Between frequent hand washing, exposure to the elements like the sun and the cold, and nightly dish washing, hands are often the true revealers of age – even more so than the face. In one study published in Plastic and Reconstructive Surgery, the official medical journal of the American Society of Plastic Surgeons (ASPS), participants were able to pinpoint a woman’s age simply by looking at photos of her hands.
According to Lance H. Brown, MD, a private practitioner in New York City and assistant clinical professor of dermatology at NYU School of Medicine, there are three telltale signs of aging hands: texture, color and contour. The participants in the ASPS study cited obvious veins as the No. 1 hand ager. Crepe-y or bony hands or hands that are covered in age spots are also big indicators of aging hands.
Fortunately, there are many ways you can rejuvenate your hands in order to achieve a youthful appearance that matches your face and the rest of your body.
Lasers for Hand Rejuvenation
A variety of lasers can be used to improve both the texture and the color of hands. Dr. Brown prefers the Fraxel laser, which can also be used on the face and décolletage areas. The laser shoots microscopic beams into the skin in a pixilated fashion, meaning some areas of the skin are left untouched. “In between the laser dots, the untreated skin serves as a healing base,” explains Brown. The treatment helps promote collagen growth to improve the skin’s texture and also removes brown spots and unwanted color. One or two treatments may be required.
Another laser that is commonly used on hands is the Cutera Excel Laser V, says Grant Stevens, MD, a board-certified plastic surgeon in Los Angeles and the medical director of Marina Plastic Surgery Associates. It uses radial frequency and is excellent for zapping away veins and brown spots.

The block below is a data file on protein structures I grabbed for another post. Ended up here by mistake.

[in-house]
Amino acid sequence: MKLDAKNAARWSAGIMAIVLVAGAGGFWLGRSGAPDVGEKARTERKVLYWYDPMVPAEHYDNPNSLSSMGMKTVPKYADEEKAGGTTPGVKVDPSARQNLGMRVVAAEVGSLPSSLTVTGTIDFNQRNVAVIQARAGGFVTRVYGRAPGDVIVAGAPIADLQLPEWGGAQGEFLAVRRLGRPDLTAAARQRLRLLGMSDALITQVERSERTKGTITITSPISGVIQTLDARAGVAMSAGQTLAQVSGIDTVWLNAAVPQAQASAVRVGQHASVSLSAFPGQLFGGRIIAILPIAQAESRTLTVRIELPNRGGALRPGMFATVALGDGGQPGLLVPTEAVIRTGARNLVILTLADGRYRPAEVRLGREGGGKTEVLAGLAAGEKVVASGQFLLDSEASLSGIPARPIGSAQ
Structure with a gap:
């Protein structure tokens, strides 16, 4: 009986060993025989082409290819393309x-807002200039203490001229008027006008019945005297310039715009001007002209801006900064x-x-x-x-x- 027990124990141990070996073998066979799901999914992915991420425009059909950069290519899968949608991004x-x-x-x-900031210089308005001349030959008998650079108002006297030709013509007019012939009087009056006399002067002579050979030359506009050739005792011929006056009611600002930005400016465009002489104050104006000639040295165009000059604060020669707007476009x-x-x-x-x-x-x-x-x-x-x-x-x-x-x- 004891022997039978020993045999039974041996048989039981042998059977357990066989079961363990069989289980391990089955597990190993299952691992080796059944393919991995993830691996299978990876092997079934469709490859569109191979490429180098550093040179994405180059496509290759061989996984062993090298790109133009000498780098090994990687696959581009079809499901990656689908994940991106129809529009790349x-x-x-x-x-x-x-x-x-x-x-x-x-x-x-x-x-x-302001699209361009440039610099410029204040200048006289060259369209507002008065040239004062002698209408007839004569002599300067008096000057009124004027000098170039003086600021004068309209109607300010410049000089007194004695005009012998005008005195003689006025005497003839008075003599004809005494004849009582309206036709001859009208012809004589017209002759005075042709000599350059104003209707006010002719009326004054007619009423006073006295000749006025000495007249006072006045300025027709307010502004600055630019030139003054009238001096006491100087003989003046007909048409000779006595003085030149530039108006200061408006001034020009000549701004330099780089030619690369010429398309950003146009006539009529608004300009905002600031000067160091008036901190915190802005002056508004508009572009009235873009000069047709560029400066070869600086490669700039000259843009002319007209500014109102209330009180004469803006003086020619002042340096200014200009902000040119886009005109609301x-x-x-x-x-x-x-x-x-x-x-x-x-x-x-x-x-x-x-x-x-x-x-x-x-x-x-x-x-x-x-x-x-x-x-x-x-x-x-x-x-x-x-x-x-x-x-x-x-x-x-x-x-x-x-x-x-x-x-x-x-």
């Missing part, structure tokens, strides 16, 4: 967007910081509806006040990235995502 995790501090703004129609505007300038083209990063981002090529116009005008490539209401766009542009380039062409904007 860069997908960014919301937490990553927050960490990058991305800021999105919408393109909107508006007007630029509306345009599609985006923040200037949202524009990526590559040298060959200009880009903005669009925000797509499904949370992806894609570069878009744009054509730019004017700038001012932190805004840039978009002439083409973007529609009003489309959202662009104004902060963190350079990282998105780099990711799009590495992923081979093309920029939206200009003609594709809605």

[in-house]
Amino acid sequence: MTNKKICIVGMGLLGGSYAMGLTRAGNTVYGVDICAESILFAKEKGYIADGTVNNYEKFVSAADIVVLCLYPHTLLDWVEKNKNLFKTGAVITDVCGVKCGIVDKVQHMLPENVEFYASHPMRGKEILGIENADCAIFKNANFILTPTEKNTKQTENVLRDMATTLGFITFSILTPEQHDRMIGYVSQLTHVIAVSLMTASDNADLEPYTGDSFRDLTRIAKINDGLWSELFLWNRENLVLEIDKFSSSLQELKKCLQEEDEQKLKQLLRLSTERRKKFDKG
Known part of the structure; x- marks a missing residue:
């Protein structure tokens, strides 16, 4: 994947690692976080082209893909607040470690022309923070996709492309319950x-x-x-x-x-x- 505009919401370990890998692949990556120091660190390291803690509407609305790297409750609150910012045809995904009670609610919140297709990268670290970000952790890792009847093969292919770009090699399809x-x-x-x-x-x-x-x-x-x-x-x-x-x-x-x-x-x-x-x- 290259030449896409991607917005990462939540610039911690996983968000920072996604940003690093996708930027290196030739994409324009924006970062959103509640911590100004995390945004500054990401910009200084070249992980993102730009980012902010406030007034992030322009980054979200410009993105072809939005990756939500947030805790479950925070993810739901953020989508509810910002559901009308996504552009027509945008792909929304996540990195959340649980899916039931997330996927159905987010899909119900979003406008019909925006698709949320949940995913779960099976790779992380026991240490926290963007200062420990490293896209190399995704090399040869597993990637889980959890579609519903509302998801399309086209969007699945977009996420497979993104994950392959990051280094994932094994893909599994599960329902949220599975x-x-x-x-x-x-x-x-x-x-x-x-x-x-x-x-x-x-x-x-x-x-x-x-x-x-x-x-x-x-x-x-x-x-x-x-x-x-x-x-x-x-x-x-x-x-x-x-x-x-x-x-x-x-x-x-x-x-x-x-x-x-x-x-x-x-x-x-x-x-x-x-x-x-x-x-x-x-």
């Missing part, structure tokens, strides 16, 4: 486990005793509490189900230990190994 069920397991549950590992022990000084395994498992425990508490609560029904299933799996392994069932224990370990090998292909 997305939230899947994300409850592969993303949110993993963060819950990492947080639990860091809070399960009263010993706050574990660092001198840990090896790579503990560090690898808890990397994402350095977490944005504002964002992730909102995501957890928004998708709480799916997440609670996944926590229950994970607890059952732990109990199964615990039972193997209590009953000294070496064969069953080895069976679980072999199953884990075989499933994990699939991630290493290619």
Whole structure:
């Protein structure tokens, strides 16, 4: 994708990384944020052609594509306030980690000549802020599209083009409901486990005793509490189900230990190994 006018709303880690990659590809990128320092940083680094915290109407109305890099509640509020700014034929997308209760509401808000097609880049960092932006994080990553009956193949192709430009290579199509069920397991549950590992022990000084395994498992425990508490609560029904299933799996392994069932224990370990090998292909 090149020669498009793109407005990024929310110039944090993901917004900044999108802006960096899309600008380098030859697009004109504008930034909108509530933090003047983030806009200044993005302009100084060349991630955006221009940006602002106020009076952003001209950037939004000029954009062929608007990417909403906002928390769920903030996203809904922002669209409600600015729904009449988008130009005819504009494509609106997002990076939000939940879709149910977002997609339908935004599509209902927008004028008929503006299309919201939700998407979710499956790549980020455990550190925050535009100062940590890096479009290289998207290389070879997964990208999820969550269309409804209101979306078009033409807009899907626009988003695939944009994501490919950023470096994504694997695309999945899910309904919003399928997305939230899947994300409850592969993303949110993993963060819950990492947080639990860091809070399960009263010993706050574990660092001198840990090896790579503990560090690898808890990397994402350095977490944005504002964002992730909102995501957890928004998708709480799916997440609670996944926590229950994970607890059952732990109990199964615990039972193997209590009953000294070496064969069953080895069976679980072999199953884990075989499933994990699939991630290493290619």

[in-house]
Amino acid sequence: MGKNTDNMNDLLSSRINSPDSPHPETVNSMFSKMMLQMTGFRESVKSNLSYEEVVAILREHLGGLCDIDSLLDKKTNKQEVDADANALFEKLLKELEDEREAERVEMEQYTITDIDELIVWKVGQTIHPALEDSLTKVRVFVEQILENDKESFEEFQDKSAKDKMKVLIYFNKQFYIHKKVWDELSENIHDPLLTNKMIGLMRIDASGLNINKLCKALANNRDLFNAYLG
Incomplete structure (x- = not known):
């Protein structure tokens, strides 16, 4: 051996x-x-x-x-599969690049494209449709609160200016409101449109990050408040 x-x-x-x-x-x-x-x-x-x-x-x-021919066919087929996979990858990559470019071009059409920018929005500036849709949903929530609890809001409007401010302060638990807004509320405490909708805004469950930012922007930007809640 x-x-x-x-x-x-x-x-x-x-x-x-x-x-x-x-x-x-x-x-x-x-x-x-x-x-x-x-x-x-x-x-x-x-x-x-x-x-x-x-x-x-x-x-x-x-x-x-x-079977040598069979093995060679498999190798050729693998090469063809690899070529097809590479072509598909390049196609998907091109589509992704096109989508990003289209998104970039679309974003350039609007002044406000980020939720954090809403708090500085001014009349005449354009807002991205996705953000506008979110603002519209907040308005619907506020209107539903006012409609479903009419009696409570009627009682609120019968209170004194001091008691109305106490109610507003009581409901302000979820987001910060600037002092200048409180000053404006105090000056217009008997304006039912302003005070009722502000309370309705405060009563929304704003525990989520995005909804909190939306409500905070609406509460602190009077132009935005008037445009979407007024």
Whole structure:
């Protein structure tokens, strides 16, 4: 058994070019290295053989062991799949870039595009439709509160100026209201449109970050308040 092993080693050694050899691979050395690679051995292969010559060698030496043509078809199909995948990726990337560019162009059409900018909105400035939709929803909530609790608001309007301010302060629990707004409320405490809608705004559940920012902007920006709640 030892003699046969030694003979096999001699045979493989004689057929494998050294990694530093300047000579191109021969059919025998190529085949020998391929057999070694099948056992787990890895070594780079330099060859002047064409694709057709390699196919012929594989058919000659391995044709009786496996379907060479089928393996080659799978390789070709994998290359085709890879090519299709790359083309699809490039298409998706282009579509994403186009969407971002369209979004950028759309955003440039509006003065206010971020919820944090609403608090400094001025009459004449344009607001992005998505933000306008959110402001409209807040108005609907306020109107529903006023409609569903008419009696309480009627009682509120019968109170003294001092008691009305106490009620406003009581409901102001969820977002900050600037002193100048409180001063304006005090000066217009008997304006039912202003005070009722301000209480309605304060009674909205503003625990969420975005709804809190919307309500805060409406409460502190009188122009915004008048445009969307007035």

Intense Pulse Light (IPL) Therapy for Hand Rejuvenation
If the skin on your hands is still taut and not overly crepe-y, but it is discolored, you may want to consider Intense Pulse Light Therapy. (A good test is to pinch the skin on your hands to see how quickly it snaps back into place. The skin on youthful hands is more resilient.) IPL is similar to a laser, but it works with high-intensity pulses of light. While it does stimulate collagen growth, it’s not at the same rate as a Fraxel or other lasers. On the plus side, it is effective at removing brown spots and broken capillaries and there is little-to-no downtime. Generally one or two treatments are required.
Fillers for Hand Rejuvenation
To erase the boniness of hands, doctors agree that fillers are the way to go, though there is some disagreement as to which one is best. Brown prefers Radiesse, a calcium-based filler that can last from 12 to 16 months. “The area between the tendons is very delicate with lots of blood vessels, so you have to be careful injecting in the area,” he says. “Radiesse gives a nice fullness to the skin, and if you combine it with a laser, you’ll get beautifully rejuvenated hands.”
Fat transfers, where fat is harvested from a patient’s buttocks and injected into the hands, is another option, but Brown warns that the results can be inconsistent. “The fat must be handled correctly after it has been harvested, otherwise, it will die quickly,” he says.
Another option is Sculptra, which is a favorite of Jeffrey Spiegel, MD, chief of the division of Facial Plastic and Reconstructive Surgery and a professor at the Boston University School of Medicine. “Sculptra is a biocompatible, biodegradable synthetic material,” he explains. “With three injections over the course of 12 weeks, the results last up to two years.” On the downside, if your injector is inexperienced, you may end up with nodules or bumps of the filler in your hands. “The better the quality of your skin to start with, the better the filler is going to work at restoring volume back to your hands,” he says.
An Ounce of Prevention
Though hands can certainly be treated effectively and years erased, know that these treatments are not a permanent cure-all. “When my patients ask what can be done about their hands, I tell them it involves a commitment,” says Dr. Stevens. After a laser and/or injectable filler use, Stevens encourages his patients to wear sunscreen on their hands and even consider wearing gloves when driving or out in the cold. “If they do, they can stave off additional discoloration and loss of texture for several more years.”